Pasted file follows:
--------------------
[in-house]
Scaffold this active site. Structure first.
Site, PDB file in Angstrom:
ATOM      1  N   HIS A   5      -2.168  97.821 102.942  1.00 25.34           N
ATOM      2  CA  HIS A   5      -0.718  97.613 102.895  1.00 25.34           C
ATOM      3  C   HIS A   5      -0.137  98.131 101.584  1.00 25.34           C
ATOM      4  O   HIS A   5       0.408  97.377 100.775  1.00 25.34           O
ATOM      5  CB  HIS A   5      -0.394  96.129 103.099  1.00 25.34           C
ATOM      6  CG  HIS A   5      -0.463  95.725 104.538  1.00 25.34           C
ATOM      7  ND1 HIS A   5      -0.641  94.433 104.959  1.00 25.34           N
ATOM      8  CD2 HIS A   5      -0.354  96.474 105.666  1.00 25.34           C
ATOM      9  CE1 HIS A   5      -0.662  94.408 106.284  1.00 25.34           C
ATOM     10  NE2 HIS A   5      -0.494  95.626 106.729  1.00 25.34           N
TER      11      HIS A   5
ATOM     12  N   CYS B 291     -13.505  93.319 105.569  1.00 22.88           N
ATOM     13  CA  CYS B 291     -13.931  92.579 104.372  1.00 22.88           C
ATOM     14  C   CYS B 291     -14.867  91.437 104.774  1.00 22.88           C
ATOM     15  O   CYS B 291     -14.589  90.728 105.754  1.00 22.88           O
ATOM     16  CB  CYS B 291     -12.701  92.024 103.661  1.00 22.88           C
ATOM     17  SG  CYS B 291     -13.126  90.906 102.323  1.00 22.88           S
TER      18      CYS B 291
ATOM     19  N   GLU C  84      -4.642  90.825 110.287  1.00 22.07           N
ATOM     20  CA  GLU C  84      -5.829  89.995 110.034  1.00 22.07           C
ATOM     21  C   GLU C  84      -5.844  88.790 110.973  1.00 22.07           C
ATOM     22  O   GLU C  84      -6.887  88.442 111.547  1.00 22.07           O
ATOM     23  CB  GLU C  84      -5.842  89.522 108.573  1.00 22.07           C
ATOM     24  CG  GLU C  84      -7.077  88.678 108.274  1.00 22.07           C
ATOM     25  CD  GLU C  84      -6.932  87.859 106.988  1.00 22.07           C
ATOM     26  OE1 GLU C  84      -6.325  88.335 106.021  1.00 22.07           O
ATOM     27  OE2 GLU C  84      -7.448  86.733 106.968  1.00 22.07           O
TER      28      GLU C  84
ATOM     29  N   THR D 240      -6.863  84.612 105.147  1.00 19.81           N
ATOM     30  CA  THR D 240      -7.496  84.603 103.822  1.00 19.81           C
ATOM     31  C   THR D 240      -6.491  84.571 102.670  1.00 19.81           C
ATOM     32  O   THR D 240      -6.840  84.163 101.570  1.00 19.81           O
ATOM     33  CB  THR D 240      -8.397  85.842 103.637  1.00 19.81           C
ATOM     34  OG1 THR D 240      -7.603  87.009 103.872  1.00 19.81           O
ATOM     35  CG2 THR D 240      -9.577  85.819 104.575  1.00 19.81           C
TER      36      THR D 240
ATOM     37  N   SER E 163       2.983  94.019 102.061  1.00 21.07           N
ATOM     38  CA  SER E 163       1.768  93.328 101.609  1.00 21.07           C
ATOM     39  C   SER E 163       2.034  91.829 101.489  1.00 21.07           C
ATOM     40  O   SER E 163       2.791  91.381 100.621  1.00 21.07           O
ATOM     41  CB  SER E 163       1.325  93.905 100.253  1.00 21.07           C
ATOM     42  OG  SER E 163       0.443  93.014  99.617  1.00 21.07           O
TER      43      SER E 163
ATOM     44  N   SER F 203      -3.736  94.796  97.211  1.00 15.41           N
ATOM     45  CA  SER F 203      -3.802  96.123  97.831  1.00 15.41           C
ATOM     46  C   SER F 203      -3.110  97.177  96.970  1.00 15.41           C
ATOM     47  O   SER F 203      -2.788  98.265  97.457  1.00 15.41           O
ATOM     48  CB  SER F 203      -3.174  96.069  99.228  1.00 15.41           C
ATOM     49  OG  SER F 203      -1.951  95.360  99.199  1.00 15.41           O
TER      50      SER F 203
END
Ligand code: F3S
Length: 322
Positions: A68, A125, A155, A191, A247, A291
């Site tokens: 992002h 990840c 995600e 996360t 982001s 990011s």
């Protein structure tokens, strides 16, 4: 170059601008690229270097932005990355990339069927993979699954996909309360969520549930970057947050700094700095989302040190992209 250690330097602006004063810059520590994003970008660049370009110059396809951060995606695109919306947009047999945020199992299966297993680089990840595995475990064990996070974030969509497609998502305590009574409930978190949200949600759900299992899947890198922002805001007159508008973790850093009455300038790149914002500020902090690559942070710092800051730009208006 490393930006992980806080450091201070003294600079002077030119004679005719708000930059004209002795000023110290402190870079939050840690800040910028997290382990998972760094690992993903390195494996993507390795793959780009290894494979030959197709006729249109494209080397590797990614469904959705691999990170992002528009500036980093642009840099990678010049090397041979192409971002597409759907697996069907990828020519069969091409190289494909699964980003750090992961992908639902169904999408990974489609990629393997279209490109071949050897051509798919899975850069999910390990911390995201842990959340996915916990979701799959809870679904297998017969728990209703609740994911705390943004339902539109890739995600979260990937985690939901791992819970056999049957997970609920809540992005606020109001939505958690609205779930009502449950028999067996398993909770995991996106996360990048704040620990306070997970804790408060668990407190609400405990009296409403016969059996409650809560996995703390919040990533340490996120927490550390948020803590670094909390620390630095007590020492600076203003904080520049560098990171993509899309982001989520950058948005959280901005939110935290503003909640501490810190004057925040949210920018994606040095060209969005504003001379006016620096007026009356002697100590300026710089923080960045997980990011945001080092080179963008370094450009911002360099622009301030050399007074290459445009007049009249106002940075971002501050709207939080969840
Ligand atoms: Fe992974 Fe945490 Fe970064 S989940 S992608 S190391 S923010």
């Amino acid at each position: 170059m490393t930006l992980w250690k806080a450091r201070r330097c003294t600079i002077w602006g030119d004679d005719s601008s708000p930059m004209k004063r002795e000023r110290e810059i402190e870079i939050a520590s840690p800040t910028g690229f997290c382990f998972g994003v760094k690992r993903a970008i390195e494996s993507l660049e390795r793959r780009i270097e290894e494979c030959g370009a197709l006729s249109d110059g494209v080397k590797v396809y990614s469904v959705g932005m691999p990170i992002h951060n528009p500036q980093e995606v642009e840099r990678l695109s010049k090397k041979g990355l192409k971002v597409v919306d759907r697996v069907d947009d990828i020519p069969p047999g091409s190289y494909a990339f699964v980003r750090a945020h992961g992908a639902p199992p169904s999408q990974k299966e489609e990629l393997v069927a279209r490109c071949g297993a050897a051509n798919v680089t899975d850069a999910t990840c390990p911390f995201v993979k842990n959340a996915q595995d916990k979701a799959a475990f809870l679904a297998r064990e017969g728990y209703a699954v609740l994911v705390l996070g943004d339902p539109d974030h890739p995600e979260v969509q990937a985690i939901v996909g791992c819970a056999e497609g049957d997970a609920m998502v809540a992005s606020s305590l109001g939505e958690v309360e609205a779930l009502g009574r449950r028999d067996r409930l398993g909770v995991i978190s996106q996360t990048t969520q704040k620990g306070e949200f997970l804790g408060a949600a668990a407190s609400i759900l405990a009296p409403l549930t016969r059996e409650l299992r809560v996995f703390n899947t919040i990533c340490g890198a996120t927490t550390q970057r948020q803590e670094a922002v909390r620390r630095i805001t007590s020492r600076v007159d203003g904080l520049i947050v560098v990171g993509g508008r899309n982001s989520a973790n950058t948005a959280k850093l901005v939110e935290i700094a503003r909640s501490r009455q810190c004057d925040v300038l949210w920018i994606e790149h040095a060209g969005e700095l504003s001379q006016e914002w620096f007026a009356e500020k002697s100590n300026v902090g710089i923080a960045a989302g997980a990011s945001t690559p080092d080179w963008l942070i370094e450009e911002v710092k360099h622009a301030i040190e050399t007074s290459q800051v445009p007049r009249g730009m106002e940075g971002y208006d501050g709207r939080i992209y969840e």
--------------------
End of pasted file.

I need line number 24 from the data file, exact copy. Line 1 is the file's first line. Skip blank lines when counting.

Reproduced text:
ATOM     21  C   GLU C  84      -5.844  88.790 110.973  1.00 22.07           C